Michael Zwaagstra

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Desks in rows with students facing the front of the room. Teachers providing lots of direct instruction. Students spending plenty of time doing individual practice work in their desks.

No, we didn’t travel back to the 1950s. This is what many classrooms look like during the COVID-19 pandemic.

It’s not a bad thing. In fact, it’s a good thing.

No one is happy that we’re in the middle of a pandemic, nor should we be. Keeping students physically apart throughout the day takes a herculean effort. Not only that, but many high school students in parts of Canada can’t attend school every day, which makes it more likely they will fall between the cracks.


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Nevertheless, COVID-19 is the hand schools have been dealt. We have no choice but to make the most of it. Fortunately, there’s plenty of evidence that traditional teaching methods are beneficial for students.

Not only do traditional classrooms make it easier for schools to follow health regulations, they’re also better for student learning.

There’s no shortage of evidence to support this claim.

Jeanne Chall was a professor in the Harvard Graduate School of Education and director of the Harvard Reading Laboratory for more than 30 years. In her final book, The Academic Achievement Challenge: What Really Works in the Classroom?, Chall compared the effectiveness of progressive education with traditional education.

Her conclusion is relevant and clear:

“Traditional, teacher-centred schools, according to research and practise, are more effective than progressive, student-centred schools for the academic achievement of most children.”

Not surprisingly, a great deal of research has been conducted on what effective lessons look like. Teachers need to clearly explain new concepts, model how to solve problems, give students multiple opportunities to practise skills they need, and make sure students have mastered the concept or skill before moving on to the next level.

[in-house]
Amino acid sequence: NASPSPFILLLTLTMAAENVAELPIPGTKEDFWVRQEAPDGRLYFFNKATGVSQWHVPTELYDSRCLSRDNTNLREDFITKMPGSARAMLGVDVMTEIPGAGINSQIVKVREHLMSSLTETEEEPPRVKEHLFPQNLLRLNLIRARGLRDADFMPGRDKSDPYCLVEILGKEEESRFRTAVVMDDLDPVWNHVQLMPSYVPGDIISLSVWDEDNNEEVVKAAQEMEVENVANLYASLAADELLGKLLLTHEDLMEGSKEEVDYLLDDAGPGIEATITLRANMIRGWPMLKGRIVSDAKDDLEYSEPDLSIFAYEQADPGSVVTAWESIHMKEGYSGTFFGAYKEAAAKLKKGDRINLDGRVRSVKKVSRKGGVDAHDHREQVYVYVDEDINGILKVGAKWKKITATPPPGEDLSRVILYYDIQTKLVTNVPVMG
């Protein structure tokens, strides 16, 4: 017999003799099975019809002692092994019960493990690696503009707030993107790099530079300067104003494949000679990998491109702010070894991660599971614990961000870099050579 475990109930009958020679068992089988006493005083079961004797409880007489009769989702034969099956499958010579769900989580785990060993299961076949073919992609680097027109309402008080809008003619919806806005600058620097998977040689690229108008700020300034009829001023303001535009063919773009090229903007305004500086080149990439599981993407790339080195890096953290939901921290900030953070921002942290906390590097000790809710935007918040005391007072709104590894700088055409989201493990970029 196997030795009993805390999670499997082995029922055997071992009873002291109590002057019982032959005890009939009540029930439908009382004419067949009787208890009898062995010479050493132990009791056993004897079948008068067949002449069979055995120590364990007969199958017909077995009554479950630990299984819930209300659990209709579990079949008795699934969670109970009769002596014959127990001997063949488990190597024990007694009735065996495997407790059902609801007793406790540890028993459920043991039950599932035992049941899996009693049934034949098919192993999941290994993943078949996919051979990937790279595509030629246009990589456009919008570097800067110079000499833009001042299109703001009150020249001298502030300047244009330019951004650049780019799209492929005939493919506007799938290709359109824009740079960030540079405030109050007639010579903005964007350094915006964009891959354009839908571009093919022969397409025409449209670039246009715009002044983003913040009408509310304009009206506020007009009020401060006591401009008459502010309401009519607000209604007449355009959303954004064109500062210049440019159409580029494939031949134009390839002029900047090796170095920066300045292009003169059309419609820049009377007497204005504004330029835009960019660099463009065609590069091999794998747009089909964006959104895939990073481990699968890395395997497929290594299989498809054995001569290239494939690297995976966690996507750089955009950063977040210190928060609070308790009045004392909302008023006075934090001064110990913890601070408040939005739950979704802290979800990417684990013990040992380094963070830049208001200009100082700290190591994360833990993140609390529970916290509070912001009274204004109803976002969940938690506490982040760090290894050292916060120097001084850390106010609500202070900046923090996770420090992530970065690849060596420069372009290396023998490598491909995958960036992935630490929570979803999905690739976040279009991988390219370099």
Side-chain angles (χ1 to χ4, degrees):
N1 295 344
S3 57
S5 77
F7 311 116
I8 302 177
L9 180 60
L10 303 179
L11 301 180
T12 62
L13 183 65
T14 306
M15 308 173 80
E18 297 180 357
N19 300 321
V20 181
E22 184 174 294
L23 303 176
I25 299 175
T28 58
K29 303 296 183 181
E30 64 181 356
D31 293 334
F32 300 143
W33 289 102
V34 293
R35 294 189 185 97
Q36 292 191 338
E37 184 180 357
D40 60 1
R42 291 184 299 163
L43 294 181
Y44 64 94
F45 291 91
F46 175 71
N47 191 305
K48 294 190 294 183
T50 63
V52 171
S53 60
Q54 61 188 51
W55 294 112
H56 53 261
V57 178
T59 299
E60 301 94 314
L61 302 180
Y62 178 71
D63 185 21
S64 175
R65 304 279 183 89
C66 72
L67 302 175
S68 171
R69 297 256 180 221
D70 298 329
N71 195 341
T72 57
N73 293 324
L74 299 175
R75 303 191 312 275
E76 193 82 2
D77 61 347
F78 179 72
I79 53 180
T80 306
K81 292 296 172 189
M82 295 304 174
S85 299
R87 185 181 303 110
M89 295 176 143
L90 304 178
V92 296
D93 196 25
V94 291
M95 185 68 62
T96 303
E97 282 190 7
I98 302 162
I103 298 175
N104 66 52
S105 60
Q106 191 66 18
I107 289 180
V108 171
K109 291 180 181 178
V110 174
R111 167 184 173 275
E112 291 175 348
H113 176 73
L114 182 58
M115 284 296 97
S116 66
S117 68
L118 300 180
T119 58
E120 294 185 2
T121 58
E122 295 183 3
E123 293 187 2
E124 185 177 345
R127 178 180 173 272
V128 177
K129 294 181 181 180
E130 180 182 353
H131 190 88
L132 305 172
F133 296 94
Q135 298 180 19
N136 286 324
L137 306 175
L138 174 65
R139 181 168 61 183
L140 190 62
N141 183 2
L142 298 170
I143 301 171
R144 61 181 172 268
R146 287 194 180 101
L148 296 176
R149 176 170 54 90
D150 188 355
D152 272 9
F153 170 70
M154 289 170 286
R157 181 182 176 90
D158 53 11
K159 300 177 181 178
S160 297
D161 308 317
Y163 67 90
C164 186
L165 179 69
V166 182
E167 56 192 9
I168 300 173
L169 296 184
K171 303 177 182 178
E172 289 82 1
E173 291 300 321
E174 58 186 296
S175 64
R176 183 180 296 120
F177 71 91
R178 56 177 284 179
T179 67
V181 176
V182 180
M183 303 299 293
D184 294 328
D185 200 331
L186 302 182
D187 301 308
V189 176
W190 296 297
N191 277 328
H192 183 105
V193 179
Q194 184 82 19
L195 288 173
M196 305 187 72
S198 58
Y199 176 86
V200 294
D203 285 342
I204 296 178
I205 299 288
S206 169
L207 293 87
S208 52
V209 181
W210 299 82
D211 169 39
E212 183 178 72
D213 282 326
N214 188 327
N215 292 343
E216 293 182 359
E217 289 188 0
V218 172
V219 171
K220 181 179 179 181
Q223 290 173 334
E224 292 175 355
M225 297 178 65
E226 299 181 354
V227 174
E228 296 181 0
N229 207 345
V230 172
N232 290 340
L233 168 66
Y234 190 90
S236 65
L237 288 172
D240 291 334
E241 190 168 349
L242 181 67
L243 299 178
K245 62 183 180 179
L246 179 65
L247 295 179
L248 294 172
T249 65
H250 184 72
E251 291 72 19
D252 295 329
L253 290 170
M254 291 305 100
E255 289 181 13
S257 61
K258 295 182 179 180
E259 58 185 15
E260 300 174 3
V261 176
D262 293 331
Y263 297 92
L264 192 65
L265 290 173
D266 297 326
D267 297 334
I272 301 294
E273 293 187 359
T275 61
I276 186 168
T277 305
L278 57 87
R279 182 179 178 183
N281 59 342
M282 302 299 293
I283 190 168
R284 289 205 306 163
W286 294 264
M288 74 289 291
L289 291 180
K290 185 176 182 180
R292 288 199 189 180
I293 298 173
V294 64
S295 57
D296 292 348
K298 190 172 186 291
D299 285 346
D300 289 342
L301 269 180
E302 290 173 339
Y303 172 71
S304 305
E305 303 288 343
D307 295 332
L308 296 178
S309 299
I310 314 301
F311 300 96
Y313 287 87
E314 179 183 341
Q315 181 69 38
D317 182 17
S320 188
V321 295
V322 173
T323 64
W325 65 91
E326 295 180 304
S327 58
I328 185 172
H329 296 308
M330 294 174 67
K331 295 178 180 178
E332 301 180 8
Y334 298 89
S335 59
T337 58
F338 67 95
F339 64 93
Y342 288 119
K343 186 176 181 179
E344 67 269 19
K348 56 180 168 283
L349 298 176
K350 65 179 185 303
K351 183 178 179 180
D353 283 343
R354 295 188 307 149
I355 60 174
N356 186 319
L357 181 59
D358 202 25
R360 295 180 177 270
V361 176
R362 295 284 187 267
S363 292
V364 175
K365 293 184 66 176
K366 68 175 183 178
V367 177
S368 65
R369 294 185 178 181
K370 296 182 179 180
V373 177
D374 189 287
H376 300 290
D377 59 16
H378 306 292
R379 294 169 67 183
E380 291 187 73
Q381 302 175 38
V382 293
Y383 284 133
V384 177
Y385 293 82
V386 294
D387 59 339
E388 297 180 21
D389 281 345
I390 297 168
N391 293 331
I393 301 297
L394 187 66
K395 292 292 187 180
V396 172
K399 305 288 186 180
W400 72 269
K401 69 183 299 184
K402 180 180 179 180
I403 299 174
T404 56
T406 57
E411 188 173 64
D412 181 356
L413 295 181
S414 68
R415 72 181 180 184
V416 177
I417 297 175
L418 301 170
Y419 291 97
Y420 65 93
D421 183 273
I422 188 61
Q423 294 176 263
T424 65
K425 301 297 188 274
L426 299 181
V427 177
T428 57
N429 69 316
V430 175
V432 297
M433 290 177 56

Teachers should make regular use of traditional, whole-class, teacher-centred, teaching methods.

In contrast, teachers in progressive classrooms are expected to adapt their instruction to the so-called learning styles of every student. But, as Chall pointed out, this is virtually impossible and an inefficient way to teach because each student receives only a small amount of direct instructional time each day since each lesson needs to be geared for each student.

The notion of individual learning styles is nothing more than a discredited fad. The American Psychological Association even has an official statement on its website that there is no scientific evidence for the existence of learning styles.

While some might argue that learning styles is a harmless myth, the reality is that this fad has caused significant damage to students. Far too often, instead of providing well-designed whole class lessons, teachers waste vast amounts of time trying to adapt to the so-called learning styles of their students.

Fortunately, for teachers who have always wanted to set up their classroom in a more traditional way but were prevented from doing so by progressive school administrators, the pandemic gives them the opportunity to do so.

Not only will this keep students and teachers safer, it will help students learn more.

Michael Zwaagstra is a public high school teacher and a research fellow with the Frontier Centre for Public Policy.

Michael is a Troy Media Thought Leader.

© Troy Media


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